“While it is not particularly helpful to refer to Putin as a madman or a criminal, he does dominate the political scene in Russia,” Freedman says. “He has executed or eliminated all of his political opponents. He’s got sycophants around him. So, in reality you are dealing with Putin’s prejudices and predilections, which we don’t fully understand. That’s part of the problem. If Putin doesn’t want to budge, then you are stuck until events on the ground force him to.”
Freedman contrasts the Russian president with China’s President Xi Jinping, whose authority still depends on the Chinese Communist Party. Xi is in charge because of the party apparatus, he says, whereas Putin has a party but it is not the basis of his power. “If Xi is going to be challenged, it will be within the party,” he said. “Putin doesn’t have anything equivalent to worry about. Xi is in charge and looks unassailable at the moment. He hasn’t launched a foolish war. That makes a difference.”
Give him time. Foolish wars have been launched and always will be. Whether or not a Chinese invasion of Taiwan would be as foolish as the Russian invasion of Ukraine is an open question. “I would hope the war in Ukraine will make China recognize that wars do not always turn out as you expect,” Freedman said. “I don’t think it is going to encourage the Chinese on Taiwan. If Russia had achieved a quick win, it might have.”
That’s the optimistic view.
On the other hand, there are effective strategies available to Russian and Chinese planners who are not deterred by Western—and primarily U.S.—nuclear retaliation. China is likely to absorb the lessons of Ukraine and adjust its strategies accordingly. Given the CCP’s desire for preeminent global power status, Xi is not likely to give up his strategic goal of conquering Taiwan or otherwise incorporating it into China.
Two of the key lessons of the Russian-Ukraine war are the tremendous expenditure of the most high-technology ordnance to achieve any useful battlefield effect, and the vulnerability of even the most advanced ships, planes and tanks to enemy action. The best missiles are in short supply, and those platforms (i.e. the ships, planes and tanks) that are not destroyed require intensive maintenance to meet the operations tempo needed for modern warfare.
Elbridge Colby, co-founder and principal at the Marathon Initiative, a nonprofit think tank specializing in strategic analysis, said these considerations should burden U.S. war planners, even if they are not yet a national priority. “In China’s case I would be thinking, absolutely plaster Taiwan and potentially other American and Japanese facilities so there is no chance that they will be able to get a defense together,” Colby says. “The Chinese have a huge missile force, much larger than the Russians. They have a much larger industrial base.”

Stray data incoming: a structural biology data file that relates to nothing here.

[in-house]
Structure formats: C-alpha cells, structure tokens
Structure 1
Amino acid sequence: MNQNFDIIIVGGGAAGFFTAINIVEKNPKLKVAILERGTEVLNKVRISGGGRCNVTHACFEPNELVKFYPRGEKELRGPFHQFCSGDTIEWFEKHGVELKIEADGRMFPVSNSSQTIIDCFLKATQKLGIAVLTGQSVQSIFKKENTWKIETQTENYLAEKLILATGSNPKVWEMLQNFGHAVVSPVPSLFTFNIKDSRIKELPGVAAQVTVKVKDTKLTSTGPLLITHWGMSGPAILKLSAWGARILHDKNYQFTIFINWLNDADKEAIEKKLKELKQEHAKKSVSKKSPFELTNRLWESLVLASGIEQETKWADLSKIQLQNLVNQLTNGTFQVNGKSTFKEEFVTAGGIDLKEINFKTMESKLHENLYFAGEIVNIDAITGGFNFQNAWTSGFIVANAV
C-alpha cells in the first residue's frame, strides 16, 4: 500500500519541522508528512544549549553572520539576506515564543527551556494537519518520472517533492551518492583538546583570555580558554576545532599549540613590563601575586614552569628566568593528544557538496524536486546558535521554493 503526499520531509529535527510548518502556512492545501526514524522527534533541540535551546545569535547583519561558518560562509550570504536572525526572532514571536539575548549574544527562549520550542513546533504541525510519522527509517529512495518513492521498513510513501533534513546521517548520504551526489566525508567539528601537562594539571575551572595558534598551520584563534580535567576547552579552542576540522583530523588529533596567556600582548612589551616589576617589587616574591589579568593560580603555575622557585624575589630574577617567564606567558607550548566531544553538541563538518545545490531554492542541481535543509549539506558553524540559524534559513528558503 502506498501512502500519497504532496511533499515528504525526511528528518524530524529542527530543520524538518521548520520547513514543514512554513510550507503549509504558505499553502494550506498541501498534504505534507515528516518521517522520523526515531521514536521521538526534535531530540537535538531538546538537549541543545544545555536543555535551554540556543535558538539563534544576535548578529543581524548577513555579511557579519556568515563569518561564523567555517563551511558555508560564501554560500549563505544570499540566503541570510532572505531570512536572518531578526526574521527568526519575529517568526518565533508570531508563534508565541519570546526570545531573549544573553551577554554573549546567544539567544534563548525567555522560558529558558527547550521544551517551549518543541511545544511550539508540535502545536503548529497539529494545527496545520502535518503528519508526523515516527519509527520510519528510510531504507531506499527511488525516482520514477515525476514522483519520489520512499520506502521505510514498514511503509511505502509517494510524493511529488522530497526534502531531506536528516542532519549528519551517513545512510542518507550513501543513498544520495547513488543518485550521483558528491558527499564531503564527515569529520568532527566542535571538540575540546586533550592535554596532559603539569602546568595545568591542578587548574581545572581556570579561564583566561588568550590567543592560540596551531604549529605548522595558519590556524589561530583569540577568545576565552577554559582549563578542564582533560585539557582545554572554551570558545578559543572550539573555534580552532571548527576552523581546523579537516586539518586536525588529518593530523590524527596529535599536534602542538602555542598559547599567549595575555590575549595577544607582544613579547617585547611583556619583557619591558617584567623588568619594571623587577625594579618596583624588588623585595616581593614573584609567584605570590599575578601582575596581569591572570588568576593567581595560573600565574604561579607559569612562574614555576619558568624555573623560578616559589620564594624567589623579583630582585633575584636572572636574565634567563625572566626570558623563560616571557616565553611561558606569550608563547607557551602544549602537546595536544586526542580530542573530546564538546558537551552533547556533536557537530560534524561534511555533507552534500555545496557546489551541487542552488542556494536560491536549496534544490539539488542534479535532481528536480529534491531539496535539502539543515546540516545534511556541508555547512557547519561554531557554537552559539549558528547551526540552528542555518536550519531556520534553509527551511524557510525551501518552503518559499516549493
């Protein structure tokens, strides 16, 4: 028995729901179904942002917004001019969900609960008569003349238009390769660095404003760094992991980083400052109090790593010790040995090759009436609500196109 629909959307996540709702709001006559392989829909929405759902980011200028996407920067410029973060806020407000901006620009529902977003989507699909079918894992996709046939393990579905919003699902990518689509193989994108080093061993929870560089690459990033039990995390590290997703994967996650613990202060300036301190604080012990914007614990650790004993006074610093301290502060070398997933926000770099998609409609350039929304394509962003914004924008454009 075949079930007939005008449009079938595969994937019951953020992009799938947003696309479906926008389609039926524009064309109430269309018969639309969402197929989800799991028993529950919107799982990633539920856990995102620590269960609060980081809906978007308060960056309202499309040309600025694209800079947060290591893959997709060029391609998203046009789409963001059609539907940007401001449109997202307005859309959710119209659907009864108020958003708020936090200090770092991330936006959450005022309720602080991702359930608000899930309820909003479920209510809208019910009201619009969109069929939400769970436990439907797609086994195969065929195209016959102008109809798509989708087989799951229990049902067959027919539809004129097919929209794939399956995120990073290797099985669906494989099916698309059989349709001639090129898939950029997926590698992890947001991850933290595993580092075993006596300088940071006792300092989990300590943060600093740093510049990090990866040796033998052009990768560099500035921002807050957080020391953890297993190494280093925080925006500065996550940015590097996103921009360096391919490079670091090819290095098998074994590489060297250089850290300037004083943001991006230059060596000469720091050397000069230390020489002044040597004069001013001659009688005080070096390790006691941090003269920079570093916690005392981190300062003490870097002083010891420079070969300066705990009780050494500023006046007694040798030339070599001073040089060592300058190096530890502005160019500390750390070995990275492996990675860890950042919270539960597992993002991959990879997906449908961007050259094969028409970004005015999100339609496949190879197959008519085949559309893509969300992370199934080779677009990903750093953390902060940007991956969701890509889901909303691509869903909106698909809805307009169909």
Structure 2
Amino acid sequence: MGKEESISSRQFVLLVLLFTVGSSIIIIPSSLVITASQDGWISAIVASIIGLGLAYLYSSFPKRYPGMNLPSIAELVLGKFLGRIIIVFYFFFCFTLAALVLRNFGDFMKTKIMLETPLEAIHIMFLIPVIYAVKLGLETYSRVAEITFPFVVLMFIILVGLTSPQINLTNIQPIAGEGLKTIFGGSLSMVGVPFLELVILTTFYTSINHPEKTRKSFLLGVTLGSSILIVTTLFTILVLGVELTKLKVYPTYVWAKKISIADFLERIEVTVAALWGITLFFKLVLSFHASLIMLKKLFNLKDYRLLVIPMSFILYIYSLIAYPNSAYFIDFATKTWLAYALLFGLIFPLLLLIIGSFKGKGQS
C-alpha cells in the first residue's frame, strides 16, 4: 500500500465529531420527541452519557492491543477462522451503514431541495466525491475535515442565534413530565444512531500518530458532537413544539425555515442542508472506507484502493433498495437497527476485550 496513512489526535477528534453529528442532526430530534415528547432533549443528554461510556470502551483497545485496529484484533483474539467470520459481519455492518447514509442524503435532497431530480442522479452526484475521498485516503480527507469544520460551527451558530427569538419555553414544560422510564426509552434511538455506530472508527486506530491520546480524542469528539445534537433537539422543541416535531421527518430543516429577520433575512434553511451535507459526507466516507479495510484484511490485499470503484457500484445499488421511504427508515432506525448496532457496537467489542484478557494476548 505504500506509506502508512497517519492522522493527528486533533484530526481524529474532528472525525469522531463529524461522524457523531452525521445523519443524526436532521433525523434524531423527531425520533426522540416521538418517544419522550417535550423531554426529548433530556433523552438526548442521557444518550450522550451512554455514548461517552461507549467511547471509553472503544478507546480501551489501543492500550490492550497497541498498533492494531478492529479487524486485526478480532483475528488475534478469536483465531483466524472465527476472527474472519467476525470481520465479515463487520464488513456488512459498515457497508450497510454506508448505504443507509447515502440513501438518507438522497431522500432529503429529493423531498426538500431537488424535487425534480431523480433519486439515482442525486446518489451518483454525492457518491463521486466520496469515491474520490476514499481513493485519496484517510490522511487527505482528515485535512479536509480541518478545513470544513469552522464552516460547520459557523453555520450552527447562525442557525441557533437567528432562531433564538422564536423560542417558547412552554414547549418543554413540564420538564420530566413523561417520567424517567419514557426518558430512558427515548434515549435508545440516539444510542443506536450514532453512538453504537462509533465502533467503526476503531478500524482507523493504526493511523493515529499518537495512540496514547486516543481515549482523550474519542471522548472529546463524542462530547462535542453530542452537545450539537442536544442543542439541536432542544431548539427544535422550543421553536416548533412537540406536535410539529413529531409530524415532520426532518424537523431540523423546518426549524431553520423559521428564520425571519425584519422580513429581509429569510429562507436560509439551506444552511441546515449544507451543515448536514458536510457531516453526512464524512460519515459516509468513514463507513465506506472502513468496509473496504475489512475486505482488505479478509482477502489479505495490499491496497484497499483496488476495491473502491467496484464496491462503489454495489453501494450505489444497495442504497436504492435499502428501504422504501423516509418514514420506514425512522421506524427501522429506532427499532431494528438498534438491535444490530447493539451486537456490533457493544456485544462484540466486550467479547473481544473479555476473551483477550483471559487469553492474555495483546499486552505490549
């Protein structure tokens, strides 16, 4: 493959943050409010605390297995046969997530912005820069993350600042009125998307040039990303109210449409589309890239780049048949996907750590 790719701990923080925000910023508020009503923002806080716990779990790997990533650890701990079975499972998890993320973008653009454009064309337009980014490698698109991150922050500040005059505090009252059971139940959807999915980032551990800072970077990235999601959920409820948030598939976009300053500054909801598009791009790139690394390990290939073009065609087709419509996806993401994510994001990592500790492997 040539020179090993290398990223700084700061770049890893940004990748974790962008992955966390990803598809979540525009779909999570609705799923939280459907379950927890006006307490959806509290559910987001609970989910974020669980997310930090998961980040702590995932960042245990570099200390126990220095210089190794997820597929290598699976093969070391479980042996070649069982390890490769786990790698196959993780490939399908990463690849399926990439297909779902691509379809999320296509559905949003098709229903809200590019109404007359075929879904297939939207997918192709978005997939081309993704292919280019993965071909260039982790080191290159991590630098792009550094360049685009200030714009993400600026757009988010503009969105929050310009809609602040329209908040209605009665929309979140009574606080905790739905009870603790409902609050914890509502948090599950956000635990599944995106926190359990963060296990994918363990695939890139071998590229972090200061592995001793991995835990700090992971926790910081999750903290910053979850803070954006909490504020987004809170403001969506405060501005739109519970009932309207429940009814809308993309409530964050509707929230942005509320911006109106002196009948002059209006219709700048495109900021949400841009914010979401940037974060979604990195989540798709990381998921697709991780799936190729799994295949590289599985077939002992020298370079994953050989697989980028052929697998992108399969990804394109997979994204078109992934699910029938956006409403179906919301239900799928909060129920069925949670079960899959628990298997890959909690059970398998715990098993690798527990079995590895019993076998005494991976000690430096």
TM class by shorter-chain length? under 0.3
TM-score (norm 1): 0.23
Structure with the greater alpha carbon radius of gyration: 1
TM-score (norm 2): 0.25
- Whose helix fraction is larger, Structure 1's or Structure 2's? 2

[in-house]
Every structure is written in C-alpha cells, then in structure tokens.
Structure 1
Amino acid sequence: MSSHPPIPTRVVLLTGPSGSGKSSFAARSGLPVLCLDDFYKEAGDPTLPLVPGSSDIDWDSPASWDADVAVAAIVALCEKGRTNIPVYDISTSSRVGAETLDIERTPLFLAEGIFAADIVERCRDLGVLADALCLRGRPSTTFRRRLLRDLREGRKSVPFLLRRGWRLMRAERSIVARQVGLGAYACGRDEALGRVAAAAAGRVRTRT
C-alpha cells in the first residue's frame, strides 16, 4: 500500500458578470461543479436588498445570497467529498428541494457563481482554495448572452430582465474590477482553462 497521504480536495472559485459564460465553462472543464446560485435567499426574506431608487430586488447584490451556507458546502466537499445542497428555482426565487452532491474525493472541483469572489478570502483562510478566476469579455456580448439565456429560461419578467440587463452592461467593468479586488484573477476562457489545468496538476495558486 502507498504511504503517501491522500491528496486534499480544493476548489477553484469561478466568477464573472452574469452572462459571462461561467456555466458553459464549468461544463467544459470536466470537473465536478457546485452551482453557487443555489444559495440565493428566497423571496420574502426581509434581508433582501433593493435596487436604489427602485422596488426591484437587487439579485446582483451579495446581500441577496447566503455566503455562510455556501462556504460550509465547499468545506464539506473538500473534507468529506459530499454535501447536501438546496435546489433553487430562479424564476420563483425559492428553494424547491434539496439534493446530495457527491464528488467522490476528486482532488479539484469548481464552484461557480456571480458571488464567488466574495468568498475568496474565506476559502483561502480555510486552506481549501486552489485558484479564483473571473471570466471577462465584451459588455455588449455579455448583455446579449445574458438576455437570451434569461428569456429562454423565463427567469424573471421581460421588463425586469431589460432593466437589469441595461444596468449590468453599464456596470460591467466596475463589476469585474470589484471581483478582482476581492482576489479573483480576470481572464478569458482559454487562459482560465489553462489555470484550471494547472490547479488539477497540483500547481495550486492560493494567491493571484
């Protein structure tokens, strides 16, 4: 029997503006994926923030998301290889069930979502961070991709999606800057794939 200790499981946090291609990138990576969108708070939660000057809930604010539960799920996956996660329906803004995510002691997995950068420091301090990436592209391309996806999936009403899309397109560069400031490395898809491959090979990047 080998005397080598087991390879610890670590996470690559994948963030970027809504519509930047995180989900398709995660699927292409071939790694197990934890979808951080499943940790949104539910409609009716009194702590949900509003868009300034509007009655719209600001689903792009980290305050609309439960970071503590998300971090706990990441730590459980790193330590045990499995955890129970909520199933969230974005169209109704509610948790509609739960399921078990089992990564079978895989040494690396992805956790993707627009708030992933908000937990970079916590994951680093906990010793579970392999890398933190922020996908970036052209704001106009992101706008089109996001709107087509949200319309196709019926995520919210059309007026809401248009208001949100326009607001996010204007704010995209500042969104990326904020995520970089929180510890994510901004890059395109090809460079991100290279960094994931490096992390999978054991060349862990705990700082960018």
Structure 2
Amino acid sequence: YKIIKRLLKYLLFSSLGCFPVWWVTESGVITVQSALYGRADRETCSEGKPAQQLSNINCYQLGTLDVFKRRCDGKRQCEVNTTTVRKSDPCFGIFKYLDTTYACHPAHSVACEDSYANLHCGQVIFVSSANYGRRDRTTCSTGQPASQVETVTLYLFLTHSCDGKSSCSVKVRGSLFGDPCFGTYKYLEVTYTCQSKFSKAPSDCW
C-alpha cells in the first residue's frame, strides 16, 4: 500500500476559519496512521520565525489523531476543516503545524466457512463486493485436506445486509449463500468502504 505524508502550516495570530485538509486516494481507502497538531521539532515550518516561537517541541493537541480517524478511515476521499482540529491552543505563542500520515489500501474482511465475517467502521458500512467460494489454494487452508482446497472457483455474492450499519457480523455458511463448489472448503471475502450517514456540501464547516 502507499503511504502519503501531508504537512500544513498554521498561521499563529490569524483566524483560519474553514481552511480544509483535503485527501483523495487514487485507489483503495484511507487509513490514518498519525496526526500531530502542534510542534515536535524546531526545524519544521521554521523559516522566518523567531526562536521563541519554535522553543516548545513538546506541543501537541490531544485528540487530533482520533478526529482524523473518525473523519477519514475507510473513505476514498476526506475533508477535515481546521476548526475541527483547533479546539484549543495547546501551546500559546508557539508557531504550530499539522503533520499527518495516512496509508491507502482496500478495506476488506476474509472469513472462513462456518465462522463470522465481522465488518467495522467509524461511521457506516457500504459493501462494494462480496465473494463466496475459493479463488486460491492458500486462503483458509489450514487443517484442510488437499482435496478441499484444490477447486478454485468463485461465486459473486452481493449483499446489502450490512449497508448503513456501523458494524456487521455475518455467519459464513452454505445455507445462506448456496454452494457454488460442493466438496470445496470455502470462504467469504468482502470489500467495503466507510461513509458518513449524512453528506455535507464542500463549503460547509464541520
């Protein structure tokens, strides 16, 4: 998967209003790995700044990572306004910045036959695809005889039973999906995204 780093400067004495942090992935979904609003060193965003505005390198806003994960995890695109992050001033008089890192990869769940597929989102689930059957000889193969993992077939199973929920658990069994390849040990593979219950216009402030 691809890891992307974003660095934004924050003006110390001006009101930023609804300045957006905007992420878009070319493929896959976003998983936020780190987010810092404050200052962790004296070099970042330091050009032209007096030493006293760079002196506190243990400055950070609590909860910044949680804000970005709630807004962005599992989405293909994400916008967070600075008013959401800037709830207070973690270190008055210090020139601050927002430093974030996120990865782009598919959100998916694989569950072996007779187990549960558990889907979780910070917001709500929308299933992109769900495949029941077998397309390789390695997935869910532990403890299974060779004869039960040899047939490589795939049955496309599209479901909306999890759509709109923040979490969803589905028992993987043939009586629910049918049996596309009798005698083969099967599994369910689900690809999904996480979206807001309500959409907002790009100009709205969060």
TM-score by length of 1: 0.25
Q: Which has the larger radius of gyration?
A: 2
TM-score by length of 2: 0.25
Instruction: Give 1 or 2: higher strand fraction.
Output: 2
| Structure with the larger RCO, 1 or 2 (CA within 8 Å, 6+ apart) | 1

The Chinese production of missiles exceeds the U.S. because stockpiling in preparation for the coming conflict is a priority. Colby, who was one of the main architects of the 2018 National Defense Strategy as deputy assistant secretary of defense for strategy and force development, said the coming war will be a test of production in the long run and that the U.S. military manufacturing base is fragile at best.
“Our defense-industrial base has gone toward consolidation and efficiency—although it isn’t known for efficiency in a general sense,” Colby says. “There are lots of single points of failure in terms of subcontractors and manufacturing processes. It will take us years to reconstitute a more robust industrial base.”
For any given U.S. advanced weapon system there are often singular facilities that produce key components, such as wings for the F-35, or provide for final assembly. The elimination of any one of those facilities would essentially end production of the plane, ship, tank, missile, satellite, radio, etc. to which it is dedicated. This profusion of singular points of failure invites enemy attention, even within the borders of the U.S.
The next superpower conflict may occur without the need for nuclear weapons. It will be a trial run to see if nuclear-armed countries will accept conventional military attacks on the homeland without automatically responding with nuclear weapons. Hypersonic weapons with a global reach, which Russia and especially China have invested in, will be the intercontinental strike weapons with non-nuclear warheads that can achieve strategic results.
Colby said to expect a mixture of local high-intensity fighting for territorial objectives, such as Taiwan, coupled with more of a global dimension than has been true in recent history. There will be weapons with much longer range and precision than has been the case in the past that can degrade the U.S. ability to produce replacement ordnance and equipment for its front-line forces.
“There won’t be homeland sanctuary,” Colby said, envisioning attacks on logistics nodes; critical military facilities such as space, naval and air bases; weapons depots and production facilities. “You would see cruise and hypersonic ballistic missile attacks—presumably conventional until they are not—against the backdrop of a local fight where they are actually trying to gain territory, either to annex it or to force some political demands.”
Such a war is not only possible; it is possibly coming soon.
This essay is the first in a series of two pieces on the future great power conflict. The second essay focuses on how America can prepare for the next bench-clearing war.